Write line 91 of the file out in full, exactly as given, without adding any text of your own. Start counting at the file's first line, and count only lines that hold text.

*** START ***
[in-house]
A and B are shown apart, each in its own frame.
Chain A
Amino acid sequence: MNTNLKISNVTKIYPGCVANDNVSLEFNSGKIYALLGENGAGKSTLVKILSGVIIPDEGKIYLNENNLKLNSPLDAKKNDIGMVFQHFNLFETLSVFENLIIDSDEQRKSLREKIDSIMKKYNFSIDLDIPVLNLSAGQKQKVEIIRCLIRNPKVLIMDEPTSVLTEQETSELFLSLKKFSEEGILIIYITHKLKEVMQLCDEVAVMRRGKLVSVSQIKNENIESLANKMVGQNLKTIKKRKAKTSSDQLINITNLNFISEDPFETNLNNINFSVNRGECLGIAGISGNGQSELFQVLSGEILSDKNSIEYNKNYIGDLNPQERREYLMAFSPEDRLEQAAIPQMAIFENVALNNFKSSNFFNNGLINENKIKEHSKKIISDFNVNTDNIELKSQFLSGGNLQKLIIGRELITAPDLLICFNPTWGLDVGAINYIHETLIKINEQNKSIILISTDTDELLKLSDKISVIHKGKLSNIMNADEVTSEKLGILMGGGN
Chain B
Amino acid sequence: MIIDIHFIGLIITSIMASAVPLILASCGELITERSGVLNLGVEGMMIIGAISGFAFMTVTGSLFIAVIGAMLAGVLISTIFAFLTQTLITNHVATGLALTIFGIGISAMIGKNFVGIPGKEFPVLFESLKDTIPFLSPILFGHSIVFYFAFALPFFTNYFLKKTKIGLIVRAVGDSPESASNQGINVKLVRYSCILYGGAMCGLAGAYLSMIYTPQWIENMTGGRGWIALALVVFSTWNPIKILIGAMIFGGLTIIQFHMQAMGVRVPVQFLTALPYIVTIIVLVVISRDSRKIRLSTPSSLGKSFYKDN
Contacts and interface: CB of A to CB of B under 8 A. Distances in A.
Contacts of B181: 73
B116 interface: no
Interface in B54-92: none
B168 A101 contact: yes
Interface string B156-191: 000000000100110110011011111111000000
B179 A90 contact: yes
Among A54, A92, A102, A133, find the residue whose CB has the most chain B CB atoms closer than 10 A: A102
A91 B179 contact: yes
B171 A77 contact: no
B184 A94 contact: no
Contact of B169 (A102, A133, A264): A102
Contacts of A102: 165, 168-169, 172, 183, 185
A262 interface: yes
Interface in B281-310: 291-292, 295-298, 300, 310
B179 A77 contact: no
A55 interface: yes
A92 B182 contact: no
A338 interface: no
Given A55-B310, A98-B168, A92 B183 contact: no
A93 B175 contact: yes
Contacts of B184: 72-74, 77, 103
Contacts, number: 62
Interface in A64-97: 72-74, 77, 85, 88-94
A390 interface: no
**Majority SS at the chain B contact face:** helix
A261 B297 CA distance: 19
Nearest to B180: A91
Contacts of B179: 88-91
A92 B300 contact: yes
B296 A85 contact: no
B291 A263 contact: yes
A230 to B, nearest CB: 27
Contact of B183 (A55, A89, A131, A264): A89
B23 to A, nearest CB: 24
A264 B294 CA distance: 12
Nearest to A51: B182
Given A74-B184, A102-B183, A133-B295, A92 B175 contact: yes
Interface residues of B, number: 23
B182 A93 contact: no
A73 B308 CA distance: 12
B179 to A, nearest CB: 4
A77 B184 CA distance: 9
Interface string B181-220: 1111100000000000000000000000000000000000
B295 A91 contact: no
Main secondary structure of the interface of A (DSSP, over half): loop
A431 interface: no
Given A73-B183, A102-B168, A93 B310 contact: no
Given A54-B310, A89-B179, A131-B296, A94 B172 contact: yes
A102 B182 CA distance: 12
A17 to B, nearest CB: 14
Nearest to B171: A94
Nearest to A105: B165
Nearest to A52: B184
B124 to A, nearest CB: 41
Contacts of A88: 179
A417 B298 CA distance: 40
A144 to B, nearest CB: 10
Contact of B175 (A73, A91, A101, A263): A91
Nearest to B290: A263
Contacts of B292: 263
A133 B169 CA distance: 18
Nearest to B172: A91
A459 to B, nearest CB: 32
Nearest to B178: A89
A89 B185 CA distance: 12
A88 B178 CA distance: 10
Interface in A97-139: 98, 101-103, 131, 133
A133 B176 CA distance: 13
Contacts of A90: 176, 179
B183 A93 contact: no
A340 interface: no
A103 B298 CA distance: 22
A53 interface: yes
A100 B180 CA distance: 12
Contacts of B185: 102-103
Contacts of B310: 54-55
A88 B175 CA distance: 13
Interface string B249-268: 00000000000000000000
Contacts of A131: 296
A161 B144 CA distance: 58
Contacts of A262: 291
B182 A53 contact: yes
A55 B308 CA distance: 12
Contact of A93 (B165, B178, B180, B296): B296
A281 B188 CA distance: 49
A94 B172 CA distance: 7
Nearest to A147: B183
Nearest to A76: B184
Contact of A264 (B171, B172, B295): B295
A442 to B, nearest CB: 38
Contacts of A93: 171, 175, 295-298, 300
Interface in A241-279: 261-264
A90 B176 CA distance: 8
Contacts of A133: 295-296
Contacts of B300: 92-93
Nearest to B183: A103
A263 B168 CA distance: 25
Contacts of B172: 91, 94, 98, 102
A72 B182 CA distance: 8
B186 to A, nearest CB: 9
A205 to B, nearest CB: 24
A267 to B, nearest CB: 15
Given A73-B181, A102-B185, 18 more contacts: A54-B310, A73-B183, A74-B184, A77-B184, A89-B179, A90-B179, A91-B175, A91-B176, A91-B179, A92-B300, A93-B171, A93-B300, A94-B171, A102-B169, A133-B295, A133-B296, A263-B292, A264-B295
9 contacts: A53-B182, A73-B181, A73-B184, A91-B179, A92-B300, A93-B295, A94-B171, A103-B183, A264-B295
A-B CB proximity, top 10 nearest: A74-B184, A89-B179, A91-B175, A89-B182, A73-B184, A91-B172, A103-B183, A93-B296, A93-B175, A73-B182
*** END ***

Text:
Contact of A93 (B165, B178, B180, B296): B296